In the first high-level meeting of the World Trade Organisation (WTO) since 2017, representatives from member countries met in Geneva in June 2022 for the 12th Ministerial Conference, where they signed a landmark series of agreements on food exports, illegal fishing, intellectual property (IP) rights for Covid-19 vaccines and Customs duties on electronic transactions.
Food Exports & Illegal Fishing
One of the most pressing global challenges is food security. Food prices have reached all-time highs, while the costs of agricultural and production inputs have also risen considerably. This has raised concerns about food security, particularly in net-importing emerging markets – some of which have restricted food exports to bolster domestic supply. To address the situation, the WTO lifted export restrictions on foodstuffs purchased by the UN World Food Programme for non-commercial humanitarian purposes, although countries will still be allowed to restrict exports to ensure local food security.
Another important development was an agreement to curb subsidies for illegal, unreported and unregulated fishing, as well as for overfishing and vessels fishing in unregulated high seas. The agreement has been described by supporters as key to reversing collapsing fish stocks around the world, although critics say the measures do not go far enough and question the impact they will ultimately have on global fish stocks.
Covid-19 Vaccine IP Rights
Perhaps no issue has divided the world’s developed economies and emerging markets more prominently than the distribution and production of Covid-19 vaccines. To help address the so-called vaccine divide, the WTO agreed to a partial waiver of IP rights for the jabs, giving emerging markets a chance to produce generic versions for five years.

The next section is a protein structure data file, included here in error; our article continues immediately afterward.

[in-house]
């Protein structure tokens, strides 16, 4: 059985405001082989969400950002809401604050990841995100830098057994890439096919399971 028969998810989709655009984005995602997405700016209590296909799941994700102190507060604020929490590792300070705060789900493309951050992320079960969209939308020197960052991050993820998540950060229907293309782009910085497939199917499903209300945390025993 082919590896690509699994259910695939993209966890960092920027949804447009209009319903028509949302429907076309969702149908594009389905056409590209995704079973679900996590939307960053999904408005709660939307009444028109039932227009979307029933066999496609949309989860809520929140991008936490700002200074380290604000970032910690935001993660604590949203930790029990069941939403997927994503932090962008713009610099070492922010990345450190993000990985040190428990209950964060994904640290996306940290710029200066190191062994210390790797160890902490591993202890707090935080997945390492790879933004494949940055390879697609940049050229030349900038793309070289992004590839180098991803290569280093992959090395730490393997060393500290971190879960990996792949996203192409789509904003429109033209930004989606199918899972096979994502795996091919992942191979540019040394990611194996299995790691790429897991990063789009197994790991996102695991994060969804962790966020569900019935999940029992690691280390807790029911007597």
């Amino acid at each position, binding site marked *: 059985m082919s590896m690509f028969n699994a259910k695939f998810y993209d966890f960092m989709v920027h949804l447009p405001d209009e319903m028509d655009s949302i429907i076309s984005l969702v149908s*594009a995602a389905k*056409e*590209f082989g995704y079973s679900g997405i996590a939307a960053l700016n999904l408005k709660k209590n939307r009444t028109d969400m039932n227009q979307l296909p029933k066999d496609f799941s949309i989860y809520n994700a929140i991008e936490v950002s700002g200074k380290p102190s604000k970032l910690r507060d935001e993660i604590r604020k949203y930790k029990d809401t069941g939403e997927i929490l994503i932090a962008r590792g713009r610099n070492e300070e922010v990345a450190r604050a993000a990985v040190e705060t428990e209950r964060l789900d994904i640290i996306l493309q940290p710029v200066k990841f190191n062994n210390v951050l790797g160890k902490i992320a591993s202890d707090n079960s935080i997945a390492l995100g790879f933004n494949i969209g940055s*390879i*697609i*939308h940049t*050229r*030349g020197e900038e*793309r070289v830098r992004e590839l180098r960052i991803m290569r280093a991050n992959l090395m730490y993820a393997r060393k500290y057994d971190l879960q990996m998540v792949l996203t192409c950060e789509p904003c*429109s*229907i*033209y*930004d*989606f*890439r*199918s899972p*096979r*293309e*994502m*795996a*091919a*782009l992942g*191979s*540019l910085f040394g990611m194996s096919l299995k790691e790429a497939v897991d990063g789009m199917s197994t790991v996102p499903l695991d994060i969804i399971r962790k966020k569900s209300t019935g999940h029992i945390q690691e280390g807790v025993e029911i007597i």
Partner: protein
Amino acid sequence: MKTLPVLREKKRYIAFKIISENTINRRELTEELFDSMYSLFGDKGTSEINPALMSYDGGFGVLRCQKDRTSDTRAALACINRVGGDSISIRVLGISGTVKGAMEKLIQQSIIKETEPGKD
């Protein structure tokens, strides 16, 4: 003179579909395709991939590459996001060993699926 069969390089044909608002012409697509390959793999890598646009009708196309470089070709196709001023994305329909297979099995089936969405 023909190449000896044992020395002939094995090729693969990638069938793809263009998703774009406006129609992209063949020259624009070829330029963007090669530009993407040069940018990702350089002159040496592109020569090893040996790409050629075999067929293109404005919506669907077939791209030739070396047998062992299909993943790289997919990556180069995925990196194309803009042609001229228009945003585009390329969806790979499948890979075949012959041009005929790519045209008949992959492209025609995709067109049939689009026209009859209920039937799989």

While many have welcomed this, critics note that the long delay has cost lives, and the waiver might not be able to address the global vaccine glut. As of May 2022, 15.2bn doses of Covid-19 vaccines had been produced, of which 6.2bn were set to be traded. Of these, an estimated 2.1bn excess doses were at risk of being destroyed upon expiration. There was also criticism that the IP waiver did not cover therapeutics and diagnostics that could aid in the fight against the virus. The WTO pledged to revisit this decision in six months.
The last agreement extended a moratorium on applying duties to electronic transmissions – software, emails, text messages, digital music, movies and more – until at least 2023. The WTO agreed not to impose duties on such transmissions in 1998; however, the digital economy has seen exponential growth since then, with global internet protocol traffic in 2022 alone expected to exceed all traffic up to 2016, according to the UN Conference on Trade and Development’s “Digital Economy Report 2021”. The US and China account for most of the world’s data, including half of its hyperscale data centres and 90% of the market capitalisation of the world’s largest digital platforms.
Cross-border transmissions to emerging markets, including data-gathering on citizens, are essentially free for international companies, which many have argued has created a digital divide that emerging markets are eager to bridge. A recent paper estimated that developing countries and the so-called least developed countries lost out on $48bn and $8bn in respective potential duties on 49 digitised products in 2017-20.
The Covid-19 pandemic sparked a wave of regionalisation in trade, ranging from the China+1 business strategy and nearshoring, to a slew of major regional trade deals. Against this backdrop – and in the context of persistent challenges related to food, health and the climate – the new WTO deals have been celebrated by supporters as a win for globalisation, a response to the doubts about its capacity to address international challenges.
In addition, the WTO has agreed to initiate a series of internal institutional reforms to ensure the organisation remains relevant in the future, including reviving the body’s dispute-resolution system within two years.